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Virgin Islands Media: Friend or foe part 1

Is the local media damaging the image of the British Virgin Islands abroad? The following 2 stories state no. In fact, media exposure of issues that need to be made public knowledge is good for Virgin Islands politics, economy, and society.
August 9th, 2014 | Tags: Dickson Igwe media news demand negative
Dickson Igwe. Photo: VINO/File
By Dickson Igwe

An online media story of August 3, 2014 had this Old Boy Journalist thinking. According to the story, the Savvy and Distinguished Leader of the Virgin Islands stated the following at a public event: ‘’Negative messages give the wrong impression that the territory’s people are unfriendly and hostile. This may turn away potential visitors and investors,’’ the leader warned.

The Premier further stated that, "negative messages are destructive and can make the difference between the prosperity and failure of the country.’’ The Premier instead admonished residents to paint a positive picture that the BVI "is a paradise, full of potential, accomplishing much, where people thrive and do well.’’

This writer fully accepts the Great man’s assertions, that every resident has a duty to represent these islands in the most positive manner. However, with every opinion, there is usually another view that presents a different picture to the prevailing one: the countervailing view so to speak. It is always worthwhile assessing a matter from different perspectives.

Now, a look at any developed or rapidly developing society with unshackled media will show that the messages emanating from the media machine including the very popular blogs tend toward negativity. Yes. Sadly the world is a world full of negatives. Negativity sells.

For example, the press in Great Britain has recently been highlighting a serious scandal. That is the issue of pedophilia in the British Establishment. OK. In relation to the pedophilia matter in Britain, the question asked is this one: was that exposure bad for the UK? This Observer will state: "certainly not.’’

In fact, that exposure of a terrible crime taking place at the summit of British society for decades, and covered up by that selfsame establishment, was the opportunity to deal with the problem once and for all . The arrest of a very public figure such as Sir Rolf Harris, and the revelations of the pedophilia of the late Sir Jimmy Saville and others, suggested that the years of covering up this mess had come to an end.

The media exposure of pedophilia in the British Establishment caused a very public awareness that there is a serious problem with pedophilia in Britain. That exposure by the media was the first step towards correcting the terrible matter of adults sexually assaulting children in that ancient kingdom, especially among its venerated upper classes.

In a similar stream, Edward Snowden’s exposure, via public media, of the US’s overwhelming digital intrusion into the privacy of US citizens, and citizens of allied countries, was good for the USA. It revealed the National Security Agency’s paranoia and ubiquitous power. Without that exposure, the beast called the NSA could have become so powerful, that it would have posed a threat to personal freedoms in the country.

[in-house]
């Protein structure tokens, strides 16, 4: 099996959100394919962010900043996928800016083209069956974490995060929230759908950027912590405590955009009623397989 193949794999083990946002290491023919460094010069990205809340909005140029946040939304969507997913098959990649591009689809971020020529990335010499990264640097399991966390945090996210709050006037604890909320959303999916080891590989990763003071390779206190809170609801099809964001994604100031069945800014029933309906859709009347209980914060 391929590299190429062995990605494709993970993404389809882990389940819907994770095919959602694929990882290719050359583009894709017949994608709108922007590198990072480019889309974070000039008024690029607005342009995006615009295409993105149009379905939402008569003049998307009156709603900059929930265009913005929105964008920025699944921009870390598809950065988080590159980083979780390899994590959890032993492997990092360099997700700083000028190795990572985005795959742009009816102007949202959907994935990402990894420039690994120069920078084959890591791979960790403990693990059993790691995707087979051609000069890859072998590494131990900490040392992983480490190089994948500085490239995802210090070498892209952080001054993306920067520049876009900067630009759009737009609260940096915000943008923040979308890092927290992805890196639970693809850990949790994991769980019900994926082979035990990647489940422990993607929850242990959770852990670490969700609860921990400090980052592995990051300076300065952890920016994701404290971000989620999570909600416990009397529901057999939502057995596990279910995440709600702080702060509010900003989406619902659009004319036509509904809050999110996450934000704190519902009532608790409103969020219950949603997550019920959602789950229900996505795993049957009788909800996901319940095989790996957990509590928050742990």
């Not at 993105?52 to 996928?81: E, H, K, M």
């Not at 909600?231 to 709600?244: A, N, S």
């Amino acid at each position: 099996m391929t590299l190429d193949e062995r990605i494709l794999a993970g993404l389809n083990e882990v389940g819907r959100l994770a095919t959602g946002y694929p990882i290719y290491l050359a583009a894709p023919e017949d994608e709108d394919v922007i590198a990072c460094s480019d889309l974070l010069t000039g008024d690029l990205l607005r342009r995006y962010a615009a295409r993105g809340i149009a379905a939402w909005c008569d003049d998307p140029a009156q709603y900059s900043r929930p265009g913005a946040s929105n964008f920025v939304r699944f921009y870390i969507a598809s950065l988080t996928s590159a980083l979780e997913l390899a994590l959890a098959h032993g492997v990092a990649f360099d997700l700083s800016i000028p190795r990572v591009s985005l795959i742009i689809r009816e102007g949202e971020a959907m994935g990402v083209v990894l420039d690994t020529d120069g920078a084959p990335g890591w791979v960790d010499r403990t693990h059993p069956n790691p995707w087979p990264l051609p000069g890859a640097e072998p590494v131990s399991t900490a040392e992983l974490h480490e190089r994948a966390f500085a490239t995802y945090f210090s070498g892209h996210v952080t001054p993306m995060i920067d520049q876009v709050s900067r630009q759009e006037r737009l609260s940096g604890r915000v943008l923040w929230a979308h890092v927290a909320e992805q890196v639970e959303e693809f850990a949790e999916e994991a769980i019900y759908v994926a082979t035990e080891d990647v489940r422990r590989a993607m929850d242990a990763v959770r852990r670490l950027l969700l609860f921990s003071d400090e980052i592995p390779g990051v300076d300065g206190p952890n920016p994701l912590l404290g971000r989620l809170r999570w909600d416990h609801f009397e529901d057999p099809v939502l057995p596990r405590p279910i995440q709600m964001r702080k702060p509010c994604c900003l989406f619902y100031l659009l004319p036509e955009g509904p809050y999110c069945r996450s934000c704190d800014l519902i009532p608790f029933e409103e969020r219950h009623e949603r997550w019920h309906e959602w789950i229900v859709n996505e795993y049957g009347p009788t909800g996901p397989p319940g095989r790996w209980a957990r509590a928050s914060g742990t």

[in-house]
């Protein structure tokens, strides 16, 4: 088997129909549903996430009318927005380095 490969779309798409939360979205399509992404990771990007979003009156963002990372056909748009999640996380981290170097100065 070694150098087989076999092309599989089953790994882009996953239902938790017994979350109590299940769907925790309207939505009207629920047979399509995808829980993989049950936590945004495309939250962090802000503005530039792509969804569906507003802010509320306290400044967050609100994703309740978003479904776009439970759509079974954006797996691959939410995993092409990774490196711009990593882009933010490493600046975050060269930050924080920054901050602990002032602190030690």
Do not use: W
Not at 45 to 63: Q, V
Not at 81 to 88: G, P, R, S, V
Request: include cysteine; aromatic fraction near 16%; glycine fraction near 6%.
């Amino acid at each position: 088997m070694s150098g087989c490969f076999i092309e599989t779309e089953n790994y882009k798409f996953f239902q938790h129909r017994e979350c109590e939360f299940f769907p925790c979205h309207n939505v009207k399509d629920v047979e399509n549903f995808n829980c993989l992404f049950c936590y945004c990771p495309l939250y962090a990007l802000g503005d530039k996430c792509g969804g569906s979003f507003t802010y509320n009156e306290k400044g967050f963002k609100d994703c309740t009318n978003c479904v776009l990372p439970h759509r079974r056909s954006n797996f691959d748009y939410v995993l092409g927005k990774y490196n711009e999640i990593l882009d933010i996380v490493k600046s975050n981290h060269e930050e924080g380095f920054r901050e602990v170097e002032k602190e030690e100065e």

Similarly, Wikipedia’s leaks of US secrets to the world may have brought serious embarrassment to the nation during and after the Iraq War. However, it showed a US foreign policy under George Walker Bush riddled with thoughtlessness, hubris, arrogance, and unnecessary aggression. Wikipedia exposed a US foreign policy based on reaction, and not intelligent action. Wikipedia gave the heads up to Joe Public why the US ended up fighting endless wars in Iraq and Afghanistan, killing hundreds of thousands of innocent civilians, leading to a Middle East that is more dangerous than ever today.

Errors in US foreign policy are one major reason violent jihad is spreading rapidly to various countries across the globe previously considered relatively peaceful. So much so that today the US may be embarking upon further adventurism in Iraq.

Media exposure of rampant corruption in countries such as Nigeria and Iraq showed why those countries have been thrown into a quagmire of armed conflict and political instability. Media activity across the globe has opened the eyes of the rulers of those countries: at least it should have. The international media presents a mirror to the leaders of the two states. This is an opportunity to correct the malaise that afflicts their societies.

Media intrusion has given the leaders of these states the opportunity to correct the perilous trajectories of their countries by offering a perspective unavailable to powerful men surrounded by cronies and parasites. Whether they take heed will determine the fate of Nigeria and Iraq. Countries with leaders who use media as a feedback mechanism, and act accordingly, can avoid going over the precipice, frequently.

The very nature of news, and what is demanded by the reading and listening public, puts negative stories in greater demand than those articles that paint a rosy picture of society. That is the simple reality of the modern media beast.
The mirror the media presents to society is an opportunity for a country, its people, and its leadership, to learn and then self correct. That can only be a good thing.

To be continued

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2 Responses to “Virgin Islands Media: Friend or foe part 1”

  • x factor (09/08/2014, 10:09) Like (0) Dislike (0) Reply
    Yea ndp hate free speech good piece iweg
  • yes we can (09/08/2014, 14:38) Like (0) Dislike (0) Reply
    The NDP want t do nonsense and we the public and media must not talk about it they better wheel and come again

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